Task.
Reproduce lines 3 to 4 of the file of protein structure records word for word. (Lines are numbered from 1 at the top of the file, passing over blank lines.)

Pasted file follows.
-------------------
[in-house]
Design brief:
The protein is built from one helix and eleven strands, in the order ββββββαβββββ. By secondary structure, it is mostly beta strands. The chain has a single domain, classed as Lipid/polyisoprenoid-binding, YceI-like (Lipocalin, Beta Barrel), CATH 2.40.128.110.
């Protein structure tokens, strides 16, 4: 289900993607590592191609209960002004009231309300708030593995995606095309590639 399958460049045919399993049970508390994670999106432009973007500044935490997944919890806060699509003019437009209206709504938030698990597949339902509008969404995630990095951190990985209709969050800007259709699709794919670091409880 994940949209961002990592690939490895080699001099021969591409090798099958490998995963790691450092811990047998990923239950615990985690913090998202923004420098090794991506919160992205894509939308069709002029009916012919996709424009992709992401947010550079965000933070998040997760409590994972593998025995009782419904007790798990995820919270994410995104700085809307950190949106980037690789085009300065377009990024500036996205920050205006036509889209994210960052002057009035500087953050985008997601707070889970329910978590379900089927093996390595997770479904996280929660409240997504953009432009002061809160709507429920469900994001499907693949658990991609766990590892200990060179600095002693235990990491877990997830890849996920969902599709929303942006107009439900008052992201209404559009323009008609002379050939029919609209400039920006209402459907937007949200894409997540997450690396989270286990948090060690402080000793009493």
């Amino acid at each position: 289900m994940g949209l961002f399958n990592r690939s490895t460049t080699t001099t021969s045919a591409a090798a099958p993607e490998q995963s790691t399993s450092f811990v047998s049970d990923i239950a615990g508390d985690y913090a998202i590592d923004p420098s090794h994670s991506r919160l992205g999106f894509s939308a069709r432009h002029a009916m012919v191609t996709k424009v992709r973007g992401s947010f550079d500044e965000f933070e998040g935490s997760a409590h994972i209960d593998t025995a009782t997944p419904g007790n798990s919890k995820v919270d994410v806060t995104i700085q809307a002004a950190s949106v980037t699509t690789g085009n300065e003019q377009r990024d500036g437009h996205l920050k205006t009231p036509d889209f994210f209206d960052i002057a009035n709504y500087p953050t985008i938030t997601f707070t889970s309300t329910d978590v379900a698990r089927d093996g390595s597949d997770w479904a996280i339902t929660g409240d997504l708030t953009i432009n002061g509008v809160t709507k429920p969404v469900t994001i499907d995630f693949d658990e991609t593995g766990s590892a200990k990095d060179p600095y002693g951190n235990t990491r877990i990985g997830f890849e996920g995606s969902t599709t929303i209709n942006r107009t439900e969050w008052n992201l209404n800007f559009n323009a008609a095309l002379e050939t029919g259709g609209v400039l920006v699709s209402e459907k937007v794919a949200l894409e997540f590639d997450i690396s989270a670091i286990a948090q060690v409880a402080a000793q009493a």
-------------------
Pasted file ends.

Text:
The protein is built from one helix and eleven strands, in the order ββββββαβββββ. By secondary structure, it is mostly beta strands. The chain has a single domain, classed as Lipid/polyisoprenoid-binding, YceI-like (Lipocalin, Beta Barrel), CATH 2.40.128.110.
């Protein structure tokens, strides 16, 4: 289900993607590592191609209960002004009231309300708030593995995606095309590639 399958460049045919399993049970508390994670999106432009973007500044935490997944919890806060699509003019437009209206709504938030698990597949339902509008969404995630990095951190990985209709969050800007259709699709794919670091409880 994940949209961002990592690939490895080699001099021969591409090798099958490998995963790691450092811990047998990923239950615990985690913090998202923004420098090794991506919160992205894509939308069709002029009916012919996709424009992709992401947010550079965000933070998040997760409590994972593998025995009782419904007790798990995820919270994410995104700085809307950190949106980037690789085009300065377009990024500036996205920050205006036509889209994210960052002057009035500087953050985008997601707070889970329910978590379900089927093996390595997770479904996280929660409240997504953009432009002061809160709507429920469900994001499907693949658990991609766990590892200990060179600095002693235990990491877990997830890849996920969902599709929303942006107009439900008052992201209404559009323009008609002379050939029919609209400039920006209402459907937007949200894409997540997450690396989270286990948090060690402080000793009493």